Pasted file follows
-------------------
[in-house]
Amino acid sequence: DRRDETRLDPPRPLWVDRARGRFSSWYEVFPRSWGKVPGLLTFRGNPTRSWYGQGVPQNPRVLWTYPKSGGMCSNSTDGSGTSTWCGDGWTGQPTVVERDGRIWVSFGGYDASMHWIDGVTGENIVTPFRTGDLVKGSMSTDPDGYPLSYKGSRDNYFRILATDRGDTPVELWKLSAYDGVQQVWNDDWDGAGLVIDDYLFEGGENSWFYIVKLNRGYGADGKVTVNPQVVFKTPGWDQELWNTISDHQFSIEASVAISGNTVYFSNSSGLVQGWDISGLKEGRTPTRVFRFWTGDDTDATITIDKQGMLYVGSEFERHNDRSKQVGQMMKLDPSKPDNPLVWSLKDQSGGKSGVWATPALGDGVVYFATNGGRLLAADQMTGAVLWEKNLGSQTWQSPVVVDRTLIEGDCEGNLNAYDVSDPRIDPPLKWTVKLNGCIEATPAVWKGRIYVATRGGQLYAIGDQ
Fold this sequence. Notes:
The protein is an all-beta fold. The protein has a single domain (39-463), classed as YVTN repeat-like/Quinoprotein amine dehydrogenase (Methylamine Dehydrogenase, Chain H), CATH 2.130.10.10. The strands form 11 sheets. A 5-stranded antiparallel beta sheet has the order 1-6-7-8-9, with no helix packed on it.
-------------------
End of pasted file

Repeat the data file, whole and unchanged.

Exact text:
[in-house]
Amino acid sequence: DRRDETRLDPPRPLWVDRARGRFSSWYEVFPRSWGKVPGLLTFRGNPTRSWYGQGVPQNPRVLWTYPKSGGMCSNSTDGSGTSTWCGDGWTGQPTVVERDGRIWVSFGGYDASMHWIDGVTGENIVTPFRTGDLVKGSMSTDPDGYPLSYKGSRDNYFRILATDRGDTPVELWKLSAYDGVQQVWNDDWDGAGLVIDDYLFEGGENSWFYIVKLNRGYGADGKVTVNPQVVFKTPGWDQELWNTISDHQFSIEASVAISGNTVYFSNSSGLVQGWDISGLKEGRTPTRVFRFWTGDDTDATITIDKQGMLYVGSEFERHNDRSKQVGQMMKLDPSKPDNPLVWSLKDQSGGKSGVWATPALGDGVVYFATNGGRLLAADQMTGAVLWEKNLGSQTWQSPVVVDRTLIEGDCEGNLNAYDVSDPRIDPPLKWTVKLNGCIEATPAVWKGRIYVATRGGQLYAIGDQ
Fold this sequence. Notes:
The protein is an all-beta fold. The protein has a single domain (39-463), classed as YVTN repeat-like/Quinoprotein amine dehydrogenase (Methylamine Dehydrogenase, Chain H), CATH 2.130.10.10. The strands form 11 sheets. A 5-stranded antiparallel beta sheet has the order 1-6-7-8-9, with no helix packed on it.